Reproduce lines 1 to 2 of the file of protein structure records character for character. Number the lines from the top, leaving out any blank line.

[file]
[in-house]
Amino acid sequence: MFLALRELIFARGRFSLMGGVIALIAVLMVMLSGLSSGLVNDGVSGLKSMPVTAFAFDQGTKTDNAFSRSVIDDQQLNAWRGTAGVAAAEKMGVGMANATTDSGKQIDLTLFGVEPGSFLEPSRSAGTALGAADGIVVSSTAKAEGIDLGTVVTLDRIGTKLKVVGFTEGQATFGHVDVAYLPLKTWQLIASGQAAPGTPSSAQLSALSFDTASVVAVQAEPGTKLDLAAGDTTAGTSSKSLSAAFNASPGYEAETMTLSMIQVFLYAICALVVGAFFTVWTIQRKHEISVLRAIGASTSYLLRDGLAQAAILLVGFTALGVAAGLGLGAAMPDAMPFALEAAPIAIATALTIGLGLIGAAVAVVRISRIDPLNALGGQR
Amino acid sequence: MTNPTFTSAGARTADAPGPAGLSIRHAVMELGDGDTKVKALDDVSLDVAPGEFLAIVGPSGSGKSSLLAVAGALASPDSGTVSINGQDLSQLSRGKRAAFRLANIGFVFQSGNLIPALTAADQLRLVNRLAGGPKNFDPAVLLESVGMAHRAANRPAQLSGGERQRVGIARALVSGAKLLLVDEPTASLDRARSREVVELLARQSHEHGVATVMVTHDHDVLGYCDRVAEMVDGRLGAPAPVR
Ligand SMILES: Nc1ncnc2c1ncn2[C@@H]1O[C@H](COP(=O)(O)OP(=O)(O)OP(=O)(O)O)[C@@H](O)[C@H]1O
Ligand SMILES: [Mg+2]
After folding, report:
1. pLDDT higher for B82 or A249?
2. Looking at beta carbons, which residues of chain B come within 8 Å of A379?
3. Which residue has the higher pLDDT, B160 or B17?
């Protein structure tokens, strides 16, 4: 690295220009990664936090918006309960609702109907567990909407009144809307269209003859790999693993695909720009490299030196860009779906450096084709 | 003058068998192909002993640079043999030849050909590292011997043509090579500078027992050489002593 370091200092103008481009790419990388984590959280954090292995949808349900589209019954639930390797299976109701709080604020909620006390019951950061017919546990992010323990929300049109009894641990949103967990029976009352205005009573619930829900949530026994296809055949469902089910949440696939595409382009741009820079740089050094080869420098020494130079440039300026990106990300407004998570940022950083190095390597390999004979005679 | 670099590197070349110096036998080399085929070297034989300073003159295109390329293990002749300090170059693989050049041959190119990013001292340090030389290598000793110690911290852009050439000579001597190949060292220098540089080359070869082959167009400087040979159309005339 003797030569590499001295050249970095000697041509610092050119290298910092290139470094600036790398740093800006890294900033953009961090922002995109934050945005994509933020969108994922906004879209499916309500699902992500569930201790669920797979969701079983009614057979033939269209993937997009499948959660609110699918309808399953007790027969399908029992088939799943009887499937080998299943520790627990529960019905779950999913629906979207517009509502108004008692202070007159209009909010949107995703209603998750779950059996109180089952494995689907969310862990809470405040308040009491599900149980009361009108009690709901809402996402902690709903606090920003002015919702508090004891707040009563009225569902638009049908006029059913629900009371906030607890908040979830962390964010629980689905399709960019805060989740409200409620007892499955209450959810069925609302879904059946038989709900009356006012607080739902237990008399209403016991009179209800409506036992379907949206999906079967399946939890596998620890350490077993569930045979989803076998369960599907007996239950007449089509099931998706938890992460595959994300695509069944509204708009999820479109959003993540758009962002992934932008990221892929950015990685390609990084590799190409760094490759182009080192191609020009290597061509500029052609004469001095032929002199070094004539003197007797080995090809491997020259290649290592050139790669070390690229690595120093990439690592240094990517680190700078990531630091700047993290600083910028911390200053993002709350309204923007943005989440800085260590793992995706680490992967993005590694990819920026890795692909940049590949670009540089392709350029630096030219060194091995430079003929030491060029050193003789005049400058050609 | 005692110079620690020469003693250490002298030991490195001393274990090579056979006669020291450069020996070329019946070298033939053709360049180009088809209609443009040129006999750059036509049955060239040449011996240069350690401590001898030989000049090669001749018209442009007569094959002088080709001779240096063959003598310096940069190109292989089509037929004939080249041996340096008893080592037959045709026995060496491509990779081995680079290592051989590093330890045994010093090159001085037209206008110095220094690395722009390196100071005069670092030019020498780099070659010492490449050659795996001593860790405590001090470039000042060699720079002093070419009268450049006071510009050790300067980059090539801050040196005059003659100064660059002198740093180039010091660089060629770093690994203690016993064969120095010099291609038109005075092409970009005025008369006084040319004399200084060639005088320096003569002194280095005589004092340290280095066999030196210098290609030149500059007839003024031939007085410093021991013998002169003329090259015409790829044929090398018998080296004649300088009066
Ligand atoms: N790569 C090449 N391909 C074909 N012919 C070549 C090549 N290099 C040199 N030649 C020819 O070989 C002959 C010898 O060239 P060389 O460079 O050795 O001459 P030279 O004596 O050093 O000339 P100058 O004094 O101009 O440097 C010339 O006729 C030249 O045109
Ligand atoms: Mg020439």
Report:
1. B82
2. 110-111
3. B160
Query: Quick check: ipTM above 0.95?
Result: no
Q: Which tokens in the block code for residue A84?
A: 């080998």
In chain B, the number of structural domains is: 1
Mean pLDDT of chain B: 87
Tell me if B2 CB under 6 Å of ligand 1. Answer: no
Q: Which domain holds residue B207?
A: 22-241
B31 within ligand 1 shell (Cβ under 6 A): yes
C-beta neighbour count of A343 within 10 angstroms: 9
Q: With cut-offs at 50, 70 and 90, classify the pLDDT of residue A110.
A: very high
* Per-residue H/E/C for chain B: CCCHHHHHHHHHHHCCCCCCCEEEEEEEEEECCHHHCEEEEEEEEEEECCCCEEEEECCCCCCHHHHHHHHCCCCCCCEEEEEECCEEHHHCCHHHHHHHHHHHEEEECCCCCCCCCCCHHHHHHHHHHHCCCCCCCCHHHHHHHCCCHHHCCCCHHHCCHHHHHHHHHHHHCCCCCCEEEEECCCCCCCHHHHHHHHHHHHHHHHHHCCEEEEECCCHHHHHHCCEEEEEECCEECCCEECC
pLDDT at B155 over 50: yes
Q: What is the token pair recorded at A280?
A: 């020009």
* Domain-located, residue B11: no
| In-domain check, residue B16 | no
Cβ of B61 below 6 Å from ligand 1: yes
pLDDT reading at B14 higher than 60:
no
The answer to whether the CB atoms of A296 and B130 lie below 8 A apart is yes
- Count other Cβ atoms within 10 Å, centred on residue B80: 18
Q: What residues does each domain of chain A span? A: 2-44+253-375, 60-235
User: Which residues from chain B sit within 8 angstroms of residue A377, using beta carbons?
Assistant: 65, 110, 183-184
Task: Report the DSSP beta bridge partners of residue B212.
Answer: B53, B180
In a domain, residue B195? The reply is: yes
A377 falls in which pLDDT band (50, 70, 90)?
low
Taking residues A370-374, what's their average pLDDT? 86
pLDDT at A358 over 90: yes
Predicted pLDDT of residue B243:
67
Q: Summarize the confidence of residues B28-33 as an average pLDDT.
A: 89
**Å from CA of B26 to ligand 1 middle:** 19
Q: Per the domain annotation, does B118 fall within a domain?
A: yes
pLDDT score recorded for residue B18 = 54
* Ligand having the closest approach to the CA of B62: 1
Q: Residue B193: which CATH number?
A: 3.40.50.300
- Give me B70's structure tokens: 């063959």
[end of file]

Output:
[in-house]
Amino acid sequence: MFLALRELIFARGRFSLMGGVIALIAVLMVMLSGLSSGLVNDGVSGLKSMPVTAFAFDQGTKTDNAFSRSVIDDQQLNAWRGTAGVAAAEKMGVGMANATTDSGKQIDLTLFGVEPGSFLEPSRSAGTALGAADGIVVSSTAKAEGIDLGTVVTLDRIGTKLKVVGFTEGQATFGHVDVAYLPLKTWQLIASGQAAPGTPSSAQLSALSFDTASVVAVQAEPGTKLDLAAGDTTAGTSSKSLSAAFNASPGYEAETMTLSMIQVFLYAICALVVGAFFTVWTIQRKHEISVLRAIGASTSYLLRDGLAQAAILLVGFTALGVAAGLGLGAAMPDAMPFALEAAPIAIATALTIGLGLIGAAVAVVRISRIDPLNALGGQR